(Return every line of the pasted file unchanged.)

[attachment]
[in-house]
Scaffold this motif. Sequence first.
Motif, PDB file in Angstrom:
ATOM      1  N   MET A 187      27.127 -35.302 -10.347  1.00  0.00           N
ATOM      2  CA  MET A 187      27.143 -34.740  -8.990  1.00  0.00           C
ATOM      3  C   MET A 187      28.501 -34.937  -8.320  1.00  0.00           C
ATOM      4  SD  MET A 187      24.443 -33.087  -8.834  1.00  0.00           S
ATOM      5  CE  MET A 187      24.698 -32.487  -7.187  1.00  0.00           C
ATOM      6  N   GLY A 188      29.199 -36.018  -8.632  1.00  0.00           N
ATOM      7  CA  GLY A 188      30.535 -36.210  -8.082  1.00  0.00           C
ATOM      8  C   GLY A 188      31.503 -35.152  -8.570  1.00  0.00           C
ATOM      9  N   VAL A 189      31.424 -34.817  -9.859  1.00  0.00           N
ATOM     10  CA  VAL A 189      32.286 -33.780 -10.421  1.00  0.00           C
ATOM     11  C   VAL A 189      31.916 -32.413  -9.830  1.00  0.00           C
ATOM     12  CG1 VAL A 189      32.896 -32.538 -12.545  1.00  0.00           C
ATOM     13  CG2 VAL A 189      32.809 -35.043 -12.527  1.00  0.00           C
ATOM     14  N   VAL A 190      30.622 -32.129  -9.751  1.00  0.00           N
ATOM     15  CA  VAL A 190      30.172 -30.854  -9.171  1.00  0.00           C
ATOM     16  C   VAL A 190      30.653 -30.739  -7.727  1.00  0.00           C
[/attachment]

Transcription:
[in-house]
Scaffold this motif. Sequence first.
Motif, PDB file in Angstrom:
ATOM      1  N   MET A 187      27.127 -35.302 -10.347  1.00  0.00           N
ATOM      2  CA  MET A 187      27.143 -34.740  -8.990  1.00  0.00           C
ATOM      3  C   MET A 187      28.501 -34.937  -8.320  1.00  0.00           C
ATOM      4  SD  MET A 187      24.443 -33.087  -8.834  1.00  0.00           S
ATOM      5  CE  MET A 187      24.698 -32.487  -7.187  1.00  0.00           C
ATOM      6  N   GLY A 188      29.199 -36.018  -8.632  1.00  0.00           N
ATOM      7  CA  GLY A 188      30.535 -36.210  -8.082  1.00  0.00           C
ATOM      8  C   GLY A 188      31.503 -35.152  -8.570  1.00  0.00           C
ATOM      9  N   VAL A 189      31.424 -34.817  -9.859  1.00  0.00           N
ATOM     10  CA  VAL A 189      32.286 -33.780 -10.421  1.00  0.00           C
ATOM     11  C   VAL A 189      31.916 -32.413  -9.830  1.00  0.00           C
ATOM     12  CG1 VAL A 189      32.896 -32.538 -12.545  1.00  0.00           C
ATOM     13  CG2 VAL A 189      32.809 -35.043 -12.527  1.00  0.00           C
ATOM     14  N   VAL A 190      30.622 -32.129  -9.751  1.00  0.00           N
ATOM     15  CA  VAL A 190      30.172 -30.854  -9.171  1.00  0.00           C
ATOM     16  C   VAL A 190      30.653 -30.739  -7.727  1.00  0.00           C